Thomas Gray

1716 - 1771

A Quote by Thomas Gray

And weep the more, because I weep in vain.

Thomas Gray (1716 - 1771)

Source: Sonnet. On the Death of Mr. West.

Contributed by: Zaady

A Quote by Thomas Gray on books and chance

Any fool may write a most valuable book by chance, if he will only tell us what he heard and saw with veracity.

Thomas Gray (1716 - 1771)

Source: Letter to Walpole, 25 Feb. 1768

Contributed by: Zaady

A Quote by Thomas Gray on nature

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E'en from the tomb the voice of nature cries, E'en in our ashes live their wonted fires.

Thomas Gray (1716 - 1771)

Source: Elegy in a Country Churchyard. Stanza 23.

Contributed by: Zaady

A Quote by Thomas Gray on rudeness and sleep

Each in his narrow cell forever laid, The rude forefathers of the hamlet sleep.

Thomas Gray (1716 - 1771)

Source: Elegy in a Country Churchyard. Stanza 4.

Contributed by: Zaady

A Quote by Thomas Gray on learning, life, and wishes

Far from the madding crowd's ignoble strife Their sober wishes never learn'd to stray; Along the cool sequester'd vale of life They kept the noiseless tenor of their way.

Thomas Gray (1716 - 1771)

Source: Elegy in a Country Churchyard. Stanza 19.

Contributed by: Zaady

A Quote by Thomas Gray on anxiety, cheerfulness, day, and resignation

For who, to dumb forgetfulness a prey, This pleasing anxious being e'er resign'd, Left the warm precincts of the cheerful day, Nor cast one longing ling'ring look behind?

Thomas Gray (1716 - 1771)

Source: Elegy in a Country Churchyard. Stanza 22.

Contributed by: Zaady

A Quote by Thomas Gray on sympathy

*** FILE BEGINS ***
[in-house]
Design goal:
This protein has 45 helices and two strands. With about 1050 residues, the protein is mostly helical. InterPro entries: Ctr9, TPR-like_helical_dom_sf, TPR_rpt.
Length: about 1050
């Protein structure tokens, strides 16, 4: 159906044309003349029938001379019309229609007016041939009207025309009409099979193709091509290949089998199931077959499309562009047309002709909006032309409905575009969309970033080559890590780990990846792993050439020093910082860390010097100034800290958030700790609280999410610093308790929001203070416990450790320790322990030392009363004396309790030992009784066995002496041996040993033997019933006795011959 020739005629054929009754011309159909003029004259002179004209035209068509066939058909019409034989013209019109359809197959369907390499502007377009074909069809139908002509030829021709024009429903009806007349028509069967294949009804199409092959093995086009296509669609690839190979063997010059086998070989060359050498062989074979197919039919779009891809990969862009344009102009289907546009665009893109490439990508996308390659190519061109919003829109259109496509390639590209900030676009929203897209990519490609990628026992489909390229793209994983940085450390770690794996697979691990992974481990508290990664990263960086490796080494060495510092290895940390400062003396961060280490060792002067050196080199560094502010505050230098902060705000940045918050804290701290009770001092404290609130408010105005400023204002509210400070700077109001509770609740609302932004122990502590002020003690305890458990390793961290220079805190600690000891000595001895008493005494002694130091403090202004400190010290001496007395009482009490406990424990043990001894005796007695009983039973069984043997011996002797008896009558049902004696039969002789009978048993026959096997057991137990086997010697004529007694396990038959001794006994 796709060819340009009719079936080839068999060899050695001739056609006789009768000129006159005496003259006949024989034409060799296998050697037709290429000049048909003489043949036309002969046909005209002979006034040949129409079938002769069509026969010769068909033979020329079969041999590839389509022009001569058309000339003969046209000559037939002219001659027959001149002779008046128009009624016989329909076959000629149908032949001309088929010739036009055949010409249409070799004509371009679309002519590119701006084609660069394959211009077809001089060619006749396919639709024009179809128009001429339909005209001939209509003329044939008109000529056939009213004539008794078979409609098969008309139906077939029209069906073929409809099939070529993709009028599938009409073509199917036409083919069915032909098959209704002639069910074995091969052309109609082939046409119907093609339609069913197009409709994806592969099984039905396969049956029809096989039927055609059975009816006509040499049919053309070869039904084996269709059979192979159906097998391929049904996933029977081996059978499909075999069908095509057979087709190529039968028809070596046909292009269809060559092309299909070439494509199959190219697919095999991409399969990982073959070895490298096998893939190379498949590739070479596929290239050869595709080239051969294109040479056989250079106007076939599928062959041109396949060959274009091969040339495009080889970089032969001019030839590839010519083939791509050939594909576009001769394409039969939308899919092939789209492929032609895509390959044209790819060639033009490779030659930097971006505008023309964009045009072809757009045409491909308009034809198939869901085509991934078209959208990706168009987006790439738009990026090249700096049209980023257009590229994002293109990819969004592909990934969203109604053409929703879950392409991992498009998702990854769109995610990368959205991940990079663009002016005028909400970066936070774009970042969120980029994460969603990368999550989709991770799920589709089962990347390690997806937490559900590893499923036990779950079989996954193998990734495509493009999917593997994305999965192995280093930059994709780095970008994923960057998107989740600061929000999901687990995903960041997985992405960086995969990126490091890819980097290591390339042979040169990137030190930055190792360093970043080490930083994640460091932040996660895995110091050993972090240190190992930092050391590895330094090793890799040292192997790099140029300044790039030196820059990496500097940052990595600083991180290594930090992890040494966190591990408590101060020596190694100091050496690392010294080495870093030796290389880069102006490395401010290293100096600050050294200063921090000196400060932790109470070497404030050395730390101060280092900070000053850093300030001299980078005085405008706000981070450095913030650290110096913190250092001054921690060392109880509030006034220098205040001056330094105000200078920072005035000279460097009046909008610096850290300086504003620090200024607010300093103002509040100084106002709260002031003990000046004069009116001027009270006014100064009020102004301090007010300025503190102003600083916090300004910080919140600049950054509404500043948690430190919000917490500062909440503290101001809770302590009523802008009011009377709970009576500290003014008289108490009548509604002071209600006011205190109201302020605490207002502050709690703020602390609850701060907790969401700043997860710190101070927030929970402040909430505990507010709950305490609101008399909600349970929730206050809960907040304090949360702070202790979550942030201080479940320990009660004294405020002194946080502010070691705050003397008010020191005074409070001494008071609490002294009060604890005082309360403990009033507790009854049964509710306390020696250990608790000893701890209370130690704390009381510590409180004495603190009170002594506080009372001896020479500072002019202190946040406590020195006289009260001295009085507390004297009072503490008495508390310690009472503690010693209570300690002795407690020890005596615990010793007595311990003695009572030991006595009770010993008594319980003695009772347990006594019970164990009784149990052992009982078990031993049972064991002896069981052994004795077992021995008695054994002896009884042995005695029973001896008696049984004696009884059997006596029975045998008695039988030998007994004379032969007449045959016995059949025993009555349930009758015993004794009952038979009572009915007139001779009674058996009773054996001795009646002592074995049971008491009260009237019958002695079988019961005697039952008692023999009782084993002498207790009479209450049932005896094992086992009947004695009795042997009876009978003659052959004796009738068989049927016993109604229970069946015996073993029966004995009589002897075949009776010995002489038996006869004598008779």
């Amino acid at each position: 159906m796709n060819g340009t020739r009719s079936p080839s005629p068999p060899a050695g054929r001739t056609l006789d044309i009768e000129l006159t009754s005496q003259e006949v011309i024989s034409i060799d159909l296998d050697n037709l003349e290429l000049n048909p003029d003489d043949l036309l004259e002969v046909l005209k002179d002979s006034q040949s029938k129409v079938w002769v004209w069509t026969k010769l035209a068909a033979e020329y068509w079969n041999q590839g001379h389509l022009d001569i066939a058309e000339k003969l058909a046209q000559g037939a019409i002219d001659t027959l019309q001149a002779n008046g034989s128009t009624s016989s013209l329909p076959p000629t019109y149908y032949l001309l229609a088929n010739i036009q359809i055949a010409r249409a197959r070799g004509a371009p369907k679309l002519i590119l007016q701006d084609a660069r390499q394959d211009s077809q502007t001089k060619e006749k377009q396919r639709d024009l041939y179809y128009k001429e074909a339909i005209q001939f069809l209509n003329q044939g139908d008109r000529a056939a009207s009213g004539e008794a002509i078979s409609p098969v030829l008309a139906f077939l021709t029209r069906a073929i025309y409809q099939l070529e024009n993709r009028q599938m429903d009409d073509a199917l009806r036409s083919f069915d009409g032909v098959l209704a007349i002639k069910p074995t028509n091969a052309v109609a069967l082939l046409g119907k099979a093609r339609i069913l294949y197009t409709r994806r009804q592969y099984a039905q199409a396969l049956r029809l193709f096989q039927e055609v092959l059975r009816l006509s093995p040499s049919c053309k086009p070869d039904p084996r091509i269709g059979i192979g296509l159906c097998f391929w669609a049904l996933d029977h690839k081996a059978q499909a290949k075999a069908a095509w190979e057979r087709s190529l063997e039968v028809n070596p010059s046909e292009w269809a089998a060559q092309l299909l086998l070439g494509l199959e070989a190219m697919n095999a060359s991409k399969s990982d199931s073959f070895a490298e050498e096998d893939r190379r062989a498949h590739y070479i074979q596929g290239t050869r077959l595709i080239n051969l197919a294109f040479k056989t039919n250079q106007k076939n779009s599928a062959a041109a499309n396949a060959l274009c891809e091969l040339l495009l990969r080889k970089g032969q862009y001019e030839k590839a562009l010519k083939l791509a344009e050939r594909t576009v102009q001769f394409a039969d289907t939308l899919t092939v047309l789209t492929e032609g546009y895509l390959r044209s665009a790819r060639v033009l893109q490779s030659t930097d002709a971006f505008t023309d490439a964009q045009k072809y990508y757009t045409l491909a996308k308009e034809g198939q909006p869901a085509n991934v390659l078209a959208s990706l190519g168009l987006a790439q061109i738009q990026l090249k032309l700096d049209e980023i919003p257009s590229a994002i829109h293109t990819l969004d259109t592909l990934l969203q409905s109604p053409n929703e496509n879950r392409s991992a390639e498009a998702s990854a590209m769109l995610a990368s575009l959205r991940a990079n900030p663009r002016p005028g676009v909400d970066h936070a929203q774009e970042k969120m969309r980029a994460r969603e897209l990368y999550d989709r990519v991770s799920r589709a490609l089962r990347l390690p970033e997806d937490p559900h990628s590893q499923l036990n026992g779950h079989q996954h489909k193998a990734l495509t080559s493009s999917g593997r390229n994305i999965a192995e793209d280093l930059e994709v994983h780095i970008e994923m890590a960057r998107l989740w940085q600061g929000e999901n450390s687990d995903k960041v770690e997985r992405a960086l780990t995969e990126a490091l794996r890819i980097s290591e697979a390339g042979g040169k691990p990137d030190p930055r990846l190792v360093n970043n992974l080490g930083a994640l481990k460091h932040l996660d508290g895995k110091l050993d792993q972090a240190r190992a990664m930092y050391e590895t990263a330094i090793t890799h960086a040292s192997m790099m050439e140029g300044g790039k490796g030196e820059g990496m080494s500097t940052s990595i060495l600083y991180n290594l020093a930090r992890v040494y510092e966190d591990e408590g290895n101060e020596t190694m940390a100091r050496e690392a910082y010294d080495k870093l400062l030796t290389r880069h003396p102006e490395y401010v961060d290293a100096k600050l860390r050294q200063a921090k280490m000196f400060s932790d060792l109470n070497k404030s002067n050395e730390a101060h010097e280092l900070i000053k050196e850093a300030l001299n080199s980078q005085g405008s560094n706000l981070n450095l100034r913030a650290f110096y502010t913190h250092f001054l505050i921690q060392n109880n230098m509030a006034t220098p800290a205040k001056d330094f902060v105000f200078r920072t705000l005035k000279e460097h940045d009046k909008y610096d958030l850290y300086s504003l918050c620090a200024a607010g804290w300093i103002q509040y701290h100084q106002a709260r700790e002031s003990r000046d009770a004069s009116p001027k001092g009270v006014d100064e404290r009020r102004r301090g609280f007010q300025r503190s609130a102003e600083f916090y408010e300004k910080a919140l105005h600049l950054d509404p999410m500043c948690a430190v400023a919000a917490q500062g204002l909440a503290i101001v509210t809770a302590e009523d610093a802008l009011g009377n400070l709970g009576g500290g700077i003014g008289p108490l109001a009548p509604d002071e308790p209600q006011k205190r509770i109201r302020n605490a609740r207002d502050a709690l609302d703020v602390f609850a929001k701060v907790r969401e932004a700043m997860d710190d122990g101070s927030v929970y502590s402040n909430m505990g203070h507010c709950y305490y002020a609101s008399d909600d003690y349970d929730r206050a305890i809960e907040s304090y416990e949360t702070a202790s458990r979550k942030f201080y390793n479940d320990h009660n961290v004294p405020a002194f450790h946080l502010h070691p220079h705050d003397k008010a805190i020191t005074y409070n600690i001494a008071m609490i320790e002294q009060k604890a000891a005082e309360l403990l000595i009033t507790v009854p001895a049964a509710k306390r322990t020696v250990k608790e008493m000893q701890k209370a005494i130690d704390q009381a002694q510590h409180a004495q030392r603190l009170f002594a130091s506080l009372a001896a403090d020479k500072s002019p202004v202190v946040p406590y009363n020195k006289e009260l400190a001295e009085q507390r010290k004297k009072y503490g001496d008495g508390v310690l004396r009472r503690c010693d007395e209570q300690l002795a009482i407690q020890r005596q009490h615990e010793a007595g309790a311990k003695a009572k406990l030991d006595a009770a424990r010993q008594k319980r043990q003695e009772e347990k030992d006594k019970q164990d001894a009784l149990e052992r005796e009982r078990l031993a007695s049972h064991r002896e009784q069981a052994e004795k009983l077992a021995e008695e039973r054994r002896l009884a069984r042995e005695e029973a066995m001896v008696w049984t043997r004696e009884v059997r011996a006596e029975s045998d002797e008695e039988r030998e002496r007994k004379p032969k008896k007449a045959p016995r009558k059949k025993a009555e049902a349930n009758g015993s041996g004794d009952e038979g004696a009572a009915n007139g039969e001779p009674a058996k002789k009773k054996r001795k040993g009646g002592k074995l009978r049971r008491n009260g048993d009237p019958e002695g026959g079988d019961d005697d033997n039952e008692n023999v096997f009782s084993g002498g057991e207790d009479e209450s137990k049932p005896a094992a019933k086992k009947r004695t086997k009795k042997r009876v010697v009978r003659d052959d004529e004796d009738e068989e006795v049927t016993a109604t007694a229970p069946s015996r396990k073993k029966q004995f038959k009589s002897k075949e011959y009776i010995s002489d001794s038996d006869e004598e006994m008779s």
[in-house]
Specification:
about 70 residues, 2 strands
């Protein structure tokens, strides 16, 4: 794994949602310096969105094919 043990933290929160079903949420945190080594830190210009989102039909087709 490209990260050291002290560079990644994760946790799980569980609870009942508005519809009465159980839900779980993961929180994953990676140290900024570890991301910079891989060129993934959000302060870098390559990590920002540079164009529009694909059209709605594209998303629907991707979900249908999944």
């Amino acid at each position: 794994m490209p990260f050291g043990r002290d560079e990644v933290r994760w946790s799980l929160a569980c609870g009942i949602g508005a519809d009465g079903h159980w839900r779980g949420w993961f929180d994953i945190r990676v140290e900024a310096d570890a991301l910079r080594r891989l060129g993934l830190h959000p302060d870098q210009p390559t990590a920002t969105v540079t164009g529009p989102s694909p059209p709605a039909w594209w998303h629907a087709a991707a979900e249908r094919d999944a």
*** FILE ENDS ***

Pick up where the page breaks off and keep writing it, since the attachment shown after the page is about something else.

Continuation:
The social smile, the sympathetic tear.

Thomas Gray (1716 - 1771)

Source: Education and Government.

Contributed by: Zaady

A Quote by Thomas Gray on words

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Bright-eyed Fancy, hov'ring o'er, Scatters from her pictured urn Thoughts that breathe and words that burn.

Thomas Gray (1716 - 1771)

Source: The Progress of Poesy. III. 3, Line 2.

Contributed by: Zaady

A Quote by Thomas Gray on bliss, destruction, fate, happiness, ignorance, men, pain, paradise, sorrow, and thought

To each his suff'rings; all are men, Condemn'd alike to groan,- The tender for another's pain, Th' unfeeling for his own. Yet ah! why should they know their fate, Since sorrow never comes too late, And happiness too swiftly flies? Thought would destroy their paradise. No more; where ignorance is bliss, 'T is folly to be wise.

Thomas Gray (1716 - 1771)

Source: On a Distant Prospect of Eton College. Stanza 10.

Contributed by: Zaady

A Quote by Thomas Gray on murder and shame

Ye towers of Julius, London's lasting shame, With many a foul and midnight murder fed.

Thomas Gray (1716 - 1771)

Source: The Bard. II. 3, Line 11.

Contributed by: Zaady

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